Amergin Glúnmar (big knee) was a bard (poet) and judge for the Milesians in Irish mythology. He is said to have learnt the art of Arbitration and Judging in Egypt. He was one of the seven sons of Míl Espáine and took part in the Milesian conquest of Ireland.
He landed near present day Waterville and met the three queens of the Tuatha Dé Danann (Banba, Ériu and Fódla). They gave Amergin and his people permission to settle in Ireland but required him to name the island after each of them. Ériu is the origin of Éire, and Banba and Fódla are used as poetic names for Ireland. Tech Amerigin in Waterville is named after him.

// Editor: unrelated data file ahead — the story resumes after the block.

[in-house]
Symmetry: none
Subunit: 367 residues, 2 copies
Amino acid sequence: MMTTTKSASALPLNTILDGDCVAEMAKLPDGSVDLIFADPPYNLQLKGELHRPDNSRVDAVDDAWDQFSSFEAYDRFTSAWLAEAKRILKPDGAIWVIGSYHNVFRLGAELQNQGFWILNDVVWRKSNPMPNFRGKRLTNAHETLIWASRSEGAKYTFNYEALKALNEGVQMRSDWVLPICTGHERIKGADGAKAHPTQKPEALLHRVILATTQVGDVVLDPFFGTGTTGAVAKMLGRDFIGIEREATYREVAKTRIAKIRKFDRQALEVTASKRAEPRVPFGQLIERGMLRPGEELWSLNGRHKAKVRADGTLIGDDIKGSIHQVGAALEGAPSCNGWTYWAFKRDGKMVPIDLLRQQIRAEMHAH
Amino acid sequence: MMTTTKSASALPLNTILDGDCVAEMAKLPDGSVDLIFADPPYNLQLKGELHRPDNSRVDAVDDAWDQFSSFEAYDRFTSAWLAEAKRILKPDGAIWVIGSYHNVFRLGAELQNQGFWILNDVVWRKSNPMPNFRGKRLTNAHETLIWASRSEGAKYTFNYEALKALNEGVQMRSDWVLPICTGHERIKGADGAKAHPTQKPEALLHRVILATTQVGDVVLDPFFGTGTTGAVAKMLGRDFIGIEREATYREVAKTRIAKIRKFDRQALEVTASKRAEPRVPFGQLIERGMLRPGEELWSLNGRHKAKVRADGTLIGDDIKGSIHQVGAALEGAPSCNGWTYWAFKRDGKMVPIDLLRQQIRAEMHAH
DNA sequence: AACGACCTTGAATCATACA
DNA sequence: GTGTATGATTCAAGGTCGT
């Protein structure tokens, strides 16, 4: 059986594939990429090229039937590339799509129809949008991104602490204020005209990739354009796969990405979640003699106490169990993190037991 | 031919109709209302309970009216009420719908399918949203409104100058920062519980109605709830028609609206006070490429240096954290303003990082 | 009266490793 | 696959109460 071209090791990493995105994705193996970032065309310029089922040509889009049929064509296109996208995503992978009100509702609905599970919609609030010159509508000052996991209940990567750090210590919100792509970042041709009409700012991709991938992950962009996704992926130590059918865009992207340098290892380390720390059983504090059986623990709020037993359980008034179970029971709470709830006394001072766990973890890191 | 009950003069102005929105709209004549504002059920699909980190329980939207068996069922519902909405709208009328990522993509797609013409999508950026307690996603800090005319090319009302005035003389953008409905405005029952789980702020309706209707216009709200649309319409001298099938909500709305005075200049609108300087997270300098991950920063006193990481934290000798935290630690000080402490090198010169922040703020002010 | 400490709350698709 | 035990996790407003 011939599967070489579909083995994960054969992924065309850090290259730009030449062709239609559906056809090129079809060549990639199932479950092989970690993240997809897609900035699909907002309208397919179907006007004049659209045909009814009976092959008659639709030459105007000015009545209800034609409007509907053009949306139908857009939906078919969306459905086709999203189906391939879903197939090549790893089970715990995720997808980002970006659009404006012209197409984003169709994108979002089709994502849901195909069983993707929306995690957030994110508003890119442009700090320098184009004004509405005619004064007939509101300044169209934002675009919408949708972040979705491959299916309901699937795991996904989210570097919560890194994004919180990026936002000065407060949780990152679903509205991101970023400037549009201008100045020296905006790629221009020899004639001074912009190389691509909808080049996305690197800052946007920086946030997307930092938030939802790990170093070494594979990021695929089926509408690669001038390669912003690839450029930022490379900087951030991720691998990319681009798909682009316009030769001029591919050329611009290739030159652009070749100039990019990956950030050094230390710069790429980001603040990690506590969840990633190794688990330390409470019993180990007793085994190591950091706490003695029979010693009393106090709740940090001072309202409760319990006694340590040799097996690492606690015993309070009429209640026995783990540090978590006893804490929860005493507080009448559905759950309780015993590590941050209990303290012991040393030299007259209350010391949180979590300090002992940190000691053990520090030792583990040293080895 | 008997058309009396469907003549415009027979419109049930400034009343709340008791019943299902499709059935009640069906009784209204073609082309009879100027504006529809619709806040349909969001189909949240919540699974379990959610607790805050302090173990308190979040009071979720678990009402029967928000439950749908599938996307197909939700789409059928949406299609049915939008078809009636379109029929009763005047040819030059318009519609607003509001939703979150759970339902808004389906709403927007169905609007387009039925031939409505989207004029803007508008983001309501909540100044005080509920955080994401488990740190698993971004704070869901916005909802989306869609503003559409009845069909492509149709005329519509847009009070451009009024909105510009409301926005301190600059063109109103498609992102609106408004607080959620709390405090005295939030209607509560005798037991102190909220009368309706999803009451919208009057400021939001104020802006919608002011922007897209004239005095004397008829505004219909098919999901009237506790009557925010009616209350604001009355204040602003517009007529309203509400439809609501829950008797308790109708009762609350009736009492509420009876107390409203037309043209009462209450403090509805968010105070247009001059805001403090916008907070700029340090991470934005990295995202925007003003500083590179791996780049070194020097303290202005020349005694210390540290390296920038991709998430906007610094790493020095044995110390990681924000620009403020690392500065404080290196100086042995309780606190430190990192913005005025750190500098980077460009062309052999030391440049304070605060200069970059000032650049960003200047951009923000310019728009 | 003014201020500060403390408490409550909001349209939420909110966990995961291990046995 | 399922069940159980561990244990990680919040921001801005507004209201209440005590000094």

When the Tuatha De Danann druids’ spells were sending winds against the Milesian Fleet Amergin sang the poem ‘I seek the Land of Ireland’, which calmed the sea and allowed the Milesians to land and defeat the Tuatha De Danann.
THE SONG OF AMERGIN - The first spoken Irish Poem
Recounted in the Leabhar Gabhála (The Book of Invasions), the poem has been described as an invocation, as a mystical chant, as an affirmation of unity, as sorcery, as a creation incantation, and as the first spoken Irish poem.